The first video game Evan Amos ever played was Super Mario Bros on the classic Nintendo Entertainment System (NES) and he remembers the day clearly: December 25th, 1988. In the 25 years since, the 30-year-old Missouri native has witnessed the evolution of gaming consoles into they state-of-the-art units they are today.
As a game enthusiast and photographer, Amos began to notice the lack of high-quality pictures for game consoles on Wikipedia and on the Internet generally. Feeling that he could do a better job himself, he set out to take his own pictures and upload them.
He started by taking photos of household items in his apartment after he moved to Brooklyn, New York, where he uploaded them onto Wikimedia Commons, the freely-licensed image database behind Wikipedia. “The first picture I uploaded was a poorly shot roll of duct tape,” he says. “I knew I wanted to take pictures of the video game consoles I owned, but I took some test shots of things lying around the apartment first.”
He put the duct tape on a piece of white poster board to minimize shadows. He shot it with a Sony A700 DSLR and an inexpensive Impact studio strobe. He used Photoshop to wipe away the remaining shadows, a technique that he applies to the console photos.
“Since this was for an encyclopedia, I wanted the pictures to be as direct, neutral and clean as possible. If you go too stylized in your photos, I think that it limits their application or ability to be educational,” he says. “I’m sure that the style is also what helps the pictures get around as much as they do, because it makes them so easy to use for a variety of projects.”
Amos says his photography has improved steadily in the process. “I enjoy teaching myself how to take pictures. My participation on Commons has given me a great avenue to gain experience and exposure,” he says, noting that he has subsequently upgraded his camera and strobe light to aid in shooting.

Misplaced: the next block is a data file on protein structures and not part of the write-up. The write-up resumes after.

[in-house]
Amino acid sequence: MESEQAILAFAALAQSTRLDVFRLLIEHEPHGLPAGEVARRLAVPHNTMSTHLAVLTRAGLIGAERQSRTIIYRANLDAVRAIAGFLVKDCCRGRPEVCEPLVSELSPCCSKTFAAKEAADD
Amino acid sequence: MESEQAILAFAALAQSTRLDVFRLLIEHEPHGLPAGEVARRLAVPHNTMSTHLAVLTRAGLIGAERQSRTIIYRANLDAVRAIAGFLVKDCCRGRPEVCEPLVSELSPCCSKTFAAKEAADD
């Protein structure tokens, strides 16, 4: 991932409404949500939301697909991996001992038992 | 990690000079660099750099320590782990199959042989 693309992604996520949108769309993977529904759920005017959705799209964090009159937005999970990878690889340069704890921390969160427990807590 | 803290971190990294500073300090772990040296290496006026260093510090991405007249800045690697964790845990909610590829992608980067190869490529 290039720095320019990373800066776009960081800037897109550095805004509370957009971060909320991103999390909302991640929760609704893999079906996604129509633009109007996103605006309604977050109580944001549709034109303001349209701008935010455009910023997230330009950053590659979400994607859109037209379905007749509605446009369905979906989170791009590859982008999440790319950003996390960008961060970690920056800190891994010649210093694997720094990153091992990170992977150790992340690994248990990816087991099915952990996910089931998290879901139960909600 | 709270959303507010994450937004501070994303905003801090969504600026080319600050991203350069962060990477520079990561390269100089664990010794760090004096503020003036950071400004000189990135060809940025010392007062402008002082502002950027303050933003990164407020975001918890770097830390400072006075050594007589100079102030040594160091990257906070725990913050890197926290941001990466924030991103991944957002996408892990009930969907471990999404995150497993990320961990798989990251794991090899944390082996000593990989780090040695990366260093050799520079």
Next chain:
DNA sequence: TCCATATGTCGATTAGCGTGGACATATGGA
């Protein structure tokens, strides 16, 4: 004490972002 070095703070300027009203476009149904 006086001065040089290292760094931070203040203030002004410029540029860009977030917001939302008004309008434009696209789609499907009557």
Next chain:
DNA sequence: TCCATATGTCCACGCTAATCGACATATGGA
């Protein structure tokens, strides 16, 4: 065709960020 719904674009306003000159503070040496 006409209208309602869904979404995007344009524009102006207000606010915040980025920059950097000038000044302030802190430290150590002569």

But Amos’ bigger vision has yet to be realized. He has conceived of developing an online museum of the images, what he has dubbed The Vanamo Online Game Museum. To raise money for the project, he put the idea on Kickstarter, a fundraising site. His goal was to raise $8,500 to create a catalogue chronicling video game history through pictures. He got over $17,000 from more than 1,000 donors in little less than a month.
“After I take the pictures, I’ll be working with the NYU Game Center and The International Center for the History of Electronic Games to help house and display the physical collection,” he says.
One of Amos’ early entries was the 1972 Magnavox Odyssey, the world’s first commercially available gaming console. His collection ranges from popular consoles like the Commodore 64 Games System (1990) to lesser-known ones like the Neo Geo (1991). Amos aims to capture the detailed history of classic consoles like the NES by documenting many of its external components, like the Power Glove, a controller that fits over a player’s hand.
In the spirit of Wikimedia Commons and Wikipedia, all the photos Amos takes are free for anyone to use and distribute. He estimates millions of people have already seen and re-used his photos. One of the byproducts of his encyclopedia-style photography is that it’s difficult to spot an Amos original; which is something he’s fine with. To him, it’s the video game console that matters.
“When you aim for this particular style, you’re going to leave less of a personal imprint on it. You want the focus to be the product, not yourself. You shouldn’t really be standing out,” he says. “But it’s all an important and necessary service, and I’m happy to do it.”
(View more of Amos’ photos on his Wikimedia Commons user page.)
Profile by Joshua Errett
Wikimedia Foundation Communications volunteer
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